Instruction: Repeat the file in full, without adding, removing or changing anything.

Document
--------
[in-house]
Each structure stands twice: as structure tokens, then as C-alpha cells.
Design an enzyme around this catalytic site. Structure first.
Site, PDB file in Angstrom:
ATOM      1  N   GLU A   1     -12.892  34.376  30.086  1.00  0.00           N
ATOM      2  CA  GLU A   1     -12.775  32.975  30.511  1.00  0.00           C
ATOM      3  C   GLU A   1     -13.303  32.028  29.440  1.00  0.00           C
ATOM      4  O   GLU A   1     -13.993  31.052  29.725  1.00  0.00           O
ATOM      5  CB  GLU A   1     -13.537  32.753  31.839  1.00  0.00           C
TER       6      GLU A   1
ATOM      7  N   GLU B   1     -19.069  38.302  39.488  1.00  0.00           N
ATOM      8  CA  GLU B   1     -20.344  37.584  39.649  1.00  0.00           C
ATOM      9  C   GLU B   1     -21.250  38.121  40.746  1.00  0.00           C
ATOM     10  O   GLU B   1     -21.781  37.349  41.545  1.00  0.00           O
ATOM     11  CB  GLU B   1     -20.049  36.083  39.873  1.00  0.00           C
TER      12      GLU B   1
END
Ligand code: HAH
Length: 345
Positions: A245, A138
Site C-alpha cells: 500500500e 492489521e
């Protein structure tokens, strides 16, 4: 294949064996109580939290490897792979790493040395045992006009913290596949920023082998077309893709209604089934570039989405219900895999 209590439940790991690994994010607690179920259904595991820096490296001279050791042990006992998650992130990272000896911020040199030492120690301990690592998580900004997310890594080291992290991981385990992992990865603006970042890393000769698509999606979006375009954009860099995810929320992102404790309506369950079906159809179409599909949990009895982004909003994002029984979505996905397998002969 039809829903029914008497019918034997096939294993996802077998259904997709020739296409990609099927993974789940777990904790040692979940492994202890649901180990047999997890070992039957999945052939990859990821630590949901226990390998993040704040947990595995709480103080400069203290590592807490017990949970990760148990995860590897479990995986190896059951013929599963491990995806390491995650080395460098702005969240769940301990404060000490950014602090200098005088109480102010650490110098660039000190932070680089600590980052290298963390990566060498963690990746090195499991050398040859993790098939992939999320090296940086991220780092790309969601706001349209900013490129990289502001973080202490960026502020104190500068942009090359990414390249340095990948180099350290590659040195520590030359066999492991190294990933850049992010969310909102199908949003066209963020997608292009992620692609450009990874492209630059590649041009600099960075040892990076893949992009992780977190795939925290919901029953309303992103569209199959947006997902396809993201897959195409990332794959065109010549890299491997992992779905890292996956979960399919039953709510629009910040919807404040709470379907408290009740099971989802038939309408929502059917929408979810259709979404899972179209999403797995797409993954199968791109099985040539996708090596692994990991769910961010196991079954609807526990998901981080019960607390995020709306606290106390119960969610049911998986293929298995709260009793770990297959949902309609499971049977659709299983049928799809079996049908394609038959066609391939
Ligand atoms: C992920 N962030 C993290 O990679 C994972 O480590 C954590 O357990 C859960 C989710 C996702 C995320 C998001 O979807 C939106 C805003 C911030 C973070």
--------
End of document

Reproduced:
[in-house]
Each structure stands twice: as structure tokens, then as C-alpha cells.
Design an enzyme around this catalytic site. Structure first.
Site, PDB file in Angstrom:
ATOM      1  N   GLU A   1     -12.892  34.376  30.086  1.00  0.00           N
ATOM      2  CA  GLU A   1     -12.775  32.975  30.511  1.00  0.00           C
ATOM      3  C   GLU A   1     -13.303  32.028  29.440  1.00  0.00           C
ATOM      4  O   GLU A   1     -13.993  31.052  29.725  1.00  0.00           O
ATOM      5  CB  GLU A   1     -13.537  32.753  31.839  1.00  0.00           C
TER       6      GLU A   1
ATOM      7  N   GLU B   1     -19.069  38.302  39.488  1.00  0.00           N
ATOM      8  CA  GLU B   1     -20.344  37.584  39.649  1.00  0.00           C
ATOM      9  C   GLU B   1     -21.250  38.121  40.746  1.00  0.00           C
ATOM     10  O   GLU B   1     -21.781  37.349  41.545  1.00  0.00           O
ATOM     11  CB  GLU B   1     -20.049  36.083  39.873  1.00  0.00           C
TER      12      GLU B   1
END
Ligand code: HAH
Length: 345
Positions: A245, A138
Site C-alpha cells: 500500500e 492489521e
């Protein structure tokens, strides 16, 4: 294949064996109580939290490897792979790493040395045992006009913290596949920023082998077309893709209604089934570039989405219900895999 209590439940790991690994994010607690179920259904595991820096490296001279050791042990006992998650992130990272000896911020040199030492120690301990690592998580900004997310890594080291992290991981385990992992990865603006970042890393000769698509999606979006375009954009860099995810929320992102404790309506369950079906159809179409599909949990009895982004909003994002029984979505996905397998002969 039809829903029914008497019918034997096939294993996802077998259904997709020739296409990609099927993974789940777990904790040692979940492994202890649901180990047999997890070992039957999945052939990859990821630590949901226990390998993040704040947990595995709480103080400069203290590592807490017990949970990760148990995860590897479990995986190896059951013929599963491990995806390491995650080395460098702005969240769940301990404060000490950014602090200098005088109480102010650490110098660039000190932070680089600590980052290298963390990566060498963690990746090195499991050398040859993790098939992939999320090296940086991220780092790309969601706001349209900013490129990289502001973080202490960026502020104190500068942009090359990414390249340095990948180099350290590659040195520590030359066999492991190294990933850049992010969310909102199908949003066209963020997608292009992620692609450009990874492209630059590649041009600099960075040892990076893949992009992780977190795939925290919901029953309303992103569209199959947006997902396809993201897959195409990332794959065109010549890299491997992992779905890292996956979960399919039953709510629009910040919807404040709470379907408290009740099971989802038939309408929502059917929408979810259709979404899972179209999403797995797409993954199968791109099985040539996708090596692994990991769910961010196991079954609807526990998901981080019960607390995020709306606290106390119960969610049911998986293929298995709260009793770990297959949902309609499971049977659709299983049928799809079996049908394609038959066609391939
Ligand atoms: C992920 N962030 C993290 O990679 C994972 O480590 C954590 O357990 C859960 C989710 C996702 C995320 C998001 O979807 C939106 C805003 C911030 C973070």